In a move to extend the reach and penetration of its Blue Planet management platform, optical networking vendor Cyan Inc. (CYNI) has added support for Cisco and Juniper routers.

By adding new "element adapters," Cyan's Blue Planet will be able to automate, provision, manage, and monitor Ethernet services across Cisco ASR 901, ASR 903, ASR 9000, and ME 3600 platforms as well as Juniper MX960, MX480, and MX2010 platforms. By using open standards, this beefs up Blue Planet's status as a Software Defined Networking (SDN) product by extending its functions to a huge swath of the IP routing market, which is controlled by Cisco and Juniper.

Now Cyan's optical switch customers can see the switches and routers together from within Blue Planet. Previously, Cisco and Juniper hardware required separate proprietary interfaces for configuration.

This entry was posted on Wednesday, October 08, 2014 at 16:23 pm and is filed under Infrastructure & SDN, Applications.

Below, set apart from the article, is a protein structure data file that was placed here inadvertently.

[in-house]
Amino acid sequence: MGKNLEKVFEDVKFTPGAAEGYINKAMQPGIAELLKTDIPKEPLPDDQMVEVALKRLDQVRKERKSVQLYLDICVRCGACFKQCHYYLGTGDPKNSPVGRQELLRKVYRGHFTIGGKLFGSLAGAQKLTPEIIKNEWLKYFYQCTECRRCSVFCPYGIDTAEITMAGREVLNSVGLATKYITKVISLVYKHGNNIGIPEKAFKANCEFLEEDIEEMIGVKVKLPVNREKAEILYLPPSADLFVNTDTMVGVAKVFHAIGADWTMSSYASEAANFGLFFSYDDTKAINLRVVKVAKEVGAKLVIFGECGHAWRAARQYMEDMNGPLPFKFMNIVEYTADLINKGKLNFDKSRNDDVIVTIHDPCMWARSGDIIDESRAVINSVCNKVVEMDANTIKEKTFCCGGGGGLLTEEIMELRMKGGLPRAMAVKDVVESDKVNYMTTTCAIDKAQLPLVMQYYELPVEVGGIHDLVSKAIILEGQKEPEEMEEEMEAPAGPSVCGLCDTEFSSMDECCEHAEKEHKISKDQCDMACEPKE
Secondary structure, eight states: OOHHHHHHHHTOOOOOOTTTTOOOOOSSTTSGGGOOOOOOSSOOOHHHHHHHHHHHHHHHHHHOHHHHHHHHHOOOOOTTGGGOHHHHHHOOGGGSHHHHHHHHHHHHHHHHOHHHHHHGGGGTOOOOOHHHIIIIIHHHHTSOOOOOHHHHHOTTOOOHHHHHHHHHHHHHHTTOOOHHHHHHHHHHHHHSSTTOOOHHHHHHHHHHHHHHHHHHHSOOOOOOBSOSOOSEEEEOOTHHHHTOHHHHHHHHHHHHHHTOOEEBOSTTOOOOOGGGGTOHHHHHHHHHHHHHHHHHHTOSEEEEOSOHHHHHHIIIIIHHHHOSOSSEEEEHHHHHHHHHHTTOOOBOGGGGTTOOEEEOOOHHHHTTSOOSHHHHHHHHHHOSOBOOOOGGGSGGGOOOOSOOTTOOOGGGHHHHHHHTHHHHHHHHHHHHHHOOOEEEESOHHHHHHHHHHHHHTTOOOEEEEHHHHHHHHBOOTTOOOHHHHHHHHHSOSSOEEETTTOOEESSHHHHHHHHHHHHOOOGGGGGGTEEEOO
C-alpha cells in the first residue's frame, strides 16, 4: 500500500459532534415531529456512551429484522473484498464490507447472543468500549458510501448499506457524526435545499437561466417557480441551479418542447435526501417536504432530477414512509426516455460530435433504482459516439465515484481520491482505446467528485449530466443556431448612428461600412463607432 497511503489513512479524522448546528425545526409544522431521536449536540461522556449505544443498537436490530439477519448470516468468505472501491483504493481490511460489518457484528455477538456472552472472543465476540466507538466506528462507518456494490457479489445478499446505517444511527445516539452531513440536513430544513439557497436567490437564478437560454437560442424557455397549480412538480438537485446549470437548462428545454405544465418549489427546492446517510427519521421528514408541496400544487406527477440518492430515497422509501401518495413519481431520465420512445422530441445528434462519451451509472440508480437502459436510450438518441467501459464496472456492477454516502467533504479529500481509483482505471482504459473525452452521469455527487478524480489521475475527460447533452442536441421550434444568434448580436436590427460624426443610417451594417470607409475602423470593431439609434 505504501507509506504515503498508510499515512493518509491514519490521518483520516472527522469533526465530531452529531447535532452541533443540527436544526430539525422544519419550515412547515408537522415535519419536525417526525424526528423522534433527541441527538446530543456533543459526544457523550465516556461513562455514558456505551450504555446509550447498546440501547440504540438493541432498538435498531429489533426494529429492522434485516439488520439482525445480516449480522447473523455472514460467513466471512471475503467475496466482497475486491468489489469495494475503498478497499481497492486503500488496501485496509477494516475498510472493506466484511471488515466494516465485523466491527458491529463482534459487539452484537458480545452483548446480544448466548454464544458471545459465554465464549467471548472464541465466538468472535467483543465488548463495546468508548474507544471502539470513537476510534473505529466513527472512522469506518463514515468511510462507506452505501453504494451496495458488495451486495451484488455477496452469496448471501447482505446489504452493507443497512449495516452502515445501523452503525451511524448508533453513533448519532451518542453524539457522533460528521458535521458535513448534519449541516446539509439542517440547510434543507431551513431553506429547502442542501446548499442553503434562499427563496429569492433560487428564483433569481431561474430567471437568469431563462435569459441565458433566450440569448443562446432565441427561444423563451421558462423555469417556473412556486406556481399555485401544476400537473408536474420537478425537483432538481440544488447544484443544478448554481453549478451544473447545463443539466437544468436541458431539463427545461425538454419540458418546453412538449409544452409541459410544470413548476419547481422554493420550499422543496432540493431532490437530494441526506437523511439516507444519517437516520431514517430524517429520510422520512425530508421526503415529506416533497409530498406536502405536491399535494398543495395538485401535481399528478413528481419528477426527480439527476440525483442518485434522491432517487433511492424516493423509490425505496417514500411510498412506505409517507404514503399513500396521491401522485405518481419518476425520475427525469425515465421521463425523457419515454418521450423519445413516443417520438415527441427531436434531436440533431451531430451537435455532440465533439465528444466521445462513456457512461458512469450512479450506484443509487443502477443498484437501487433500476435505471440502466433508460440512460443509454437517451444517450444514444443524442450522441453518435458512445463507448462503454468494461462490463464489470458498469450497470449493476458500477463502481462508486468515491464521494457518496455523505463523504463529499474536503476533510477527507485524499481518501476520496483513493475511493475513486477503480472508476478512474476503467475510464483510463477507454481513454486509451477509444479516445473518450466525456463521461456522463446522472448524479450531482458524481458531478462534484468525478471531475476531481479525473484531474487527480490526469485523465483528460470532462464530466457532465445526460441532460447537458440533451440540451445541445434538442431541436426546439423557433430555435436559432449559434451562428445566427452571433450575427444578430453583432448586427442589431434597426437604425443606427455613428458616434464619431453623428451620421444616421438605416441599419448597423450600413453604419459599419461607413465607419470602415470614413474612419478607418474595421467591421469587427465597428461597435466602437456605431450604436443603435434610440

Keywords: SDN, Blue Planet, Cisco, Juniper, Cyan, Optical

Software Defined Networking startup Pica8, which was named as one of the leaders in our SDN Revolution Report, has been busy lately. Last week, the company announced $12.5M in new financing. Today, it announced that it is offering a free trial version of its network operating system (OS).

With the SDN land grab on, Pica8 is stealing a strategy from Web 2.0. The strategy takes a page from the "Freemium" model of many Web applications, whereby a stripped-down free version of software is available to gain more exposure. It's a good marketing strategy to enable more people to try out SDN tools and start experimenting with their hardware from a roster of suppliers, which are listed here.  

The company's PicOS, a networking OS based on Linux, can be plugged into commodity hardware to build "bare metal"switches and routers using SDN tools such as OpenFlow and Pica8's own Open vSwitch (OVS) implementation. Pica8 says the OS is easy to install using a boot loader and automated provisioning tool called Zero-Touch Provisioning. Customers that download the trial version and want the full licensed version can later turn on a full license at any time.